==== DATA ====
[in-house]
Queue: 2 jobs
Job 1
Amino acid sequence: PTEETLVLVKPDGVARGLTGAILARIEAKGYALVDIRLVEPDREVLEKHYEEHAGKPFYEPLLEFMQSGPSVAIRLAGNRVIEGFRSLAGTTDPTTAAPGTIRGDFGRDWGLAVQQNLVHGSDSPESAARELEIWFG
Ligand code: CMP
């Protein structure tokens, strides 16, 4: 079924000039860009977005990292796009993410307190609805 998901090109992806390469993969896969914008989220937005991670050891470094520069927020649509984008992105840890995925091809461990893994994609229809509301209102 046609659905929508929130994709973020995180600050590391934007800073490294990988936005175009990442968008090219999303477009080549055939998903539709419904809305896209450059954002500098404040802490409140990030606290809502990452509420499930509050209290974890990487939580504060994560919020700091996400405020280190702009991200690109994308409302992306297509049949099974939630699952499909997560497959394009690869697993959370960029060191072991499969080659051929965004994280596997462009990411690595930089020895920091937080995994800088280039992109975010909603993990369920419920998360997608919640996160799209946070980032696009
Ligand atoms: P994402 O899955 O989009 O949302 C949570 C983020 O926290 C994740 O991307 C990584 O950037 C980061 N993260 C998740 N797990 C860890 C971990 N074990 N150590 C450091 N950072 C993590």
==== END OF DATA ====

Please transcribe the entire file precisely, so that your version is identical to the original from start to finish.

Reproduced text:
[in-house]
Queue: 2 jobs
Job 1
Amino acid sequence: PTEETLVLVKPDGVARGLTGAILARIEAKGYALVDIRLVEPDREVLEKHYEEHAGKPFYEPLLEFMQSGPSVAIRLAGNRVIEGFRSLAGTTDPTTAAPGTIRGDFGRDWGLAVQQNLVHGSDSPESAARELEIWFG
Ligand code: CMP
């Protein structure tokens, strides 16, 4: 079924000039860009977005990292796009993410307190609805 998901090109992806390469993969896969914008989220937005991670050891470094520069927020649509984008992105840890995925091809461990893994994609229809509301209102 046609659905929508929130994709973020995180600050590391934007800073490294990988936005175009990442968008090219999303477009080549055939998903539709419904809305896209450059954002500098404040802490409140990030606290809502990452509420499930509050209290974890990487939580504060994560919020700091996400405020280190702009991200690109994308409302992306297509049949099974939630699952499909997560497959394009690869697993959370960029060191072991499969080659051929965004994280596997462009990411690595930089020895920091937080995994800088280039992109975010909603993990369920419920998360997608919640996160799209946070980032696009
Ligand atoms: P994402 O899955 O989009 O949302 C949570 C983020 O926290 C994740 O991307 C990584 O950037 C980061 N993260 C998740 N797990 C860890 C971990 N074990 N150590 C450091 N950072 C993590």